A group of personal watercraft or “jet ski” enthusiasts started last year on the Mississippi Gulf Coast has grown rapidly statewide this summer and now includes many new members from the metropolitan area of Jackson.
Called “Mississippi Ski Riders”, the group was co-founded in March 2021 by Neil Scott and Cody Frierson of Ocean Springs.
“We saw there were big organized ski groups in Florida and other states, but we didn’t have any in Mississippi, so we decided to start our own group,” Scott said.
Over the past year, the group has grown from a handful to over 1,200 members. “It continues to grow – we have an average of two to 15 new members signing up every day,” he said.
While the largest number of members still reside along the coast, the second-largest majority now come from the Jackson area, Scott said.
This growth prompted the group to hold its first-ever Central Mississippi event on a recent weekend at Ross Barnett Reservoir, bringing together approximately 55 skiers from across the region.
“We called it the Rez Ride. It was a great experience,” Scott said. “The weather was perfect.”
Departing from the boat launches at Tommy’s Trading Post on Highway 43 in Rankin County, the group traveled 21 miles through the Upper Reservoir into the winding Pearl River to what is known as the Low Head Dam. On the way back, the group stopped at a sandbar about 4 miles south of the dam for a group photo and a chance to socialize.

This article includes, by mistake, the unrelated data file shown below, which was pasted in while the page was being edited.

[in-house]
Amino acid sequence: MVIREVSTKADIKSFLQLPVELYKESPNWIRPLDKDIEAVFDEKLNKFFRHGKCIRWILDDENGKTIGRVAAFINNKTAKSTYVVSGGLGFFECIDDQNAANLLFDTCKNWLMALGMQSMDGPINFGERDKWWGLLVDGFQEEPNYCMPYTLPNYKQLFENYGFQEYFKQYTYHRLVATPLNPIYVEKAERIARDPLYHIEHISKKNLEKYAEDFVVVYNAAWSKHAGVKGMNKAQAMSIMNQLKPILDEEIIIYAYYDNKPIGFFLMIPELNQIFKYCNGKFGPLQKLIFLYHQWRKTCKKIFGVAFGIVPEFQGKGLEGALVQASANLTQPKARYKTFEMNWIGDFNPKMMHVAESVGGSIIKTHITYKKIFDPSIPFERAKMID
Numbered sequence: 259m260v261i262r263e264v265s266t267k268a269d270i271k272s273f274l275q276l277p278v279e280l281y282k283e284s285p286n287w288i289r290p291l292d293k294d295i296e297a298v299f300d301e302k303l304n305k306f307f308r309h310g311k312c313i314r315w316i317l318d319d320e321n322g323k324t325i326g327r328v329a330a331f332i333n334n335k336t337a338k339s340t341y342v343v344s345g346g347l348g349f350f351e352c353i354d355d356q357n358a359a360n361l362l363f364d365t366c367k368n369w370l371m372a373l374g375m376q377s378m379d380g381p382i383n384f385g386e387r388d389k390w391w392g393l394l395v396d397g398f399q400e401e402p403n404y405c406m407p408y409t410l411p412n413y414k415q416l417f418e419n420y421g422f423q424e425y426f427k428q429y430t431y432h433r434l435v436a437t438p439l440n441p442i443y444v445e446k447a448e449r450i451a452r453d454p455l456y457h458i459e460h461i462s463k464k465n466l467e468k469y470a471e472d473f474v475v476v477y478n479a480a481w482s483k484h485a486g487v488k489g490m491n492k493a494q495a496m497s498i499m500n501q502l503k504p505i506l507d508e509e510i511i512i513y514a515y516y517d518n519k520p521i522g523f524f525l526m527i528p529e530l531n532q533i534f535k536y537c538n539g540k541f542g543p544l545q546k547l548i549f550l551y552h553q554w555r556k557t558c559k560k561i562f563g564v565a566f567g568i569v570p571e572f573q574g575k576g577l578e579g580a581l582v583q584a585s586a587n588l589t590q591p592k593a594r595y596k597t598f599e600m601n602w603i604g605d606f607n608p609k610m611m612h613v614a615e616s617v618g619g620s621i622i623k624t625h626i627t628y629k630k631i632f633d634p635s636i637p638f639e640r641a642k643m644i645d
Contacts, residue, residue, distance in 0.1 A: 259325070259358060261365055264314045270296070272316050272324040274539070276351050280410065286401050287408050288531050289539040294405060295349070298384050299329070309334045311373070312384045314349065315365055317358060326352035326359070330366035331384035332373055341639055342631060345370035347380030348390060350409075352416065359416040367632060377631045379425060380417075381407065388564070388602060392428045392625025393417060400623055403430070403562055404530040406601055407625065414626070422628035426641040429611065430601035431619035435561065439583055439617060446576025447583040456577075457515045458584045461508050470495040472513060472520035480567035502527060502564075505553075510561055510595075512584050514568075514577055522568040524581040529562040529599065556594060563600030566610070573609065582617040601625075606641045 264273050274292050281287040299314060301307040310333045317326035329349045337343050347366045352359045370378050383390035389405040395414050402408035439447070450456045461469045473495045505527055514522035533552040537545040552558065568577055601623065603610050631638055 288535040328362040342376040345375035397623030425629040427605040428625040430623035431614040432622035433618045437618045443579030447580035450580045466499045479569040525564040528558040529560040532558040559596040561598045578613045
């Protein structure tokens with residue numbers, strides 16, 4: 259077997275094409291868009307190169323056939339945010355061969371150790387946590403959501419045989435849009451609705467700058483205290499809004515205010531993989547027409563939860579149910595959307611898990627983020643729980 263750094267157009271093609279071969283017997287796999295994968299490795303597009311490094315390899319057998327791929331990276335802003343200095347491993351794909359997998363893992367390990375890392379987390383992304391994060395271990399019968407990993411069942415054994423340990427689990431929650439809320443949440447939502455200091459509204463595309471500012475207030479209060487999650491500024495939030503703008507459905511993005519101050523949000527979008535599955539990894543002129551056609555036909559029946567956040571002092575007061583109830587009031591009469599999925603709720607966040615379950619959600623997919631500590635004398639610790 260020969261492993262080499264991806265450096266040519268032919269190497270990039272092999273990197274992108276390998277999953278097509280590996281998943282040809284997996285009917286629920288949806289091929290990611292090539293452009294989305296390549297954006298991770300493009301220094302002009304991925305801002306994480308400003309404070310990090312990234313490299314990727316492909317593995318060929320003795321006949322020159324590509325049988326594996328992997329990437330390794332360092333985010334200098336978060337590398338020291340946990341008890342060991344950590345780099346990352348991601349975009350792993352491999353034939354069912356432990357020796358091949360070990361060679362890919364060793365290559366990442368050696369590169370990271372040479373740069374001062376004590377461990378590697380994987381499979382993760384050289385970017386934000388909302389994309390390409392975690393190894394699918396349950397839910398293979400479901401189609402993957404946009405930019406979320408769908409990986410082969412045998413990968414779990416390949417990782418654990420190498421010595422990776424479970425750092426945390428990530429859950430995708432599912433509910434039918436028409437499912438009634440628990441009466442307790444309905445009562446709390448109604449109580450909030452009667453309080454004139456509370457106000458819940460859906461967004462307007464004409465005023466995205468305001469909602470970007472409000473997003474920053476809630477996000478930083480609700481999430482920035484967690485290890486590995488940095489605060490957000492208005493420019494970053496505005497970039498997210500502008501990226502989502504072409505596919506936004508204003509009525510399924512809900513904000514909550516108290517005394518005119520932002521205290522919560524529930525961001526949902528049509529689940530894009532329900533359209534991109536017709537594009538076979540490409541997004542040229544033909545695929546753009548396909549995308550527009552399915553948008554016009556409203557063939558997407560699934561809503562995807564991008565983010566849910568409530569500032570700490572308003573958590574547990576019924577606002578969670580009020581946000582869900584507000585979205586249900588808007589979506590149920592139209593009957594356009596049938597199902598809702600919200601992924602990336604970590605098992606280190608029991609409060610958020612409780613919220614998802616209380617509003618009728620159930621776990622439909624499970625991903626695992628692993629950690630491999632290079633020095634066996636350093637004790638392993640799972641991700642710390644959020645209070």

James Bailey, a member of Brandon’s group, said he was happy to see such a ride coming to the area.
“I’ve done rides in Alabama, Florida and other states, but this is the first time it’s happened here,” he said.
When asked how he first got interested in jet skis, Bailey said, “I’m from the Delta, so I’ve always been around water.” The main attraction, he said, is the camaraderie of the group. “If something happens or you have any problems, someone will be there to help you,” he said.
Scott said the rides aren’t formal competitions or races — just friendly get-togethers between like-minded enthusiasts.
Interest in personal watercraft dates back to the 1950s in Europe and the UK with what were initially called “water scooters”. But they never really caught on in North America until 1972, when Kawasaki introduced the first stand-up Jet Ski.
Then, in the late 1980s, seated runabout style skis entered production, typically allowing three people to ride seated rather than one person standing.
“Right now we have a large majority of sit-down jet skis,” Scott said. “Most casual skiers want a taller, more stable ski today, but standing skis are still a niche.”
Although the term “Jet Ski” is often used generically, it remains a trademark of Kawasaki. Other manufacturers use different registered names for their watercraft, including the Yamaha Waverunner, Bombardier Sea-Doo, and Honda AquaTrax. “We welcome them all,” Scott said.
The next scheduled event for Mississippi skiers will be the second annual “Deer Island Takeover” scheduled for Sept. 3. Members will take their own routes and then all end up on the island off the Mississippi Gulf Coast. “We’ll have giveaways, food and a live band,” Scott said.
For more information on the Mississippi Ski Riders, visit their Facebook group page: www.facebook.com/groups/mississippiskiders.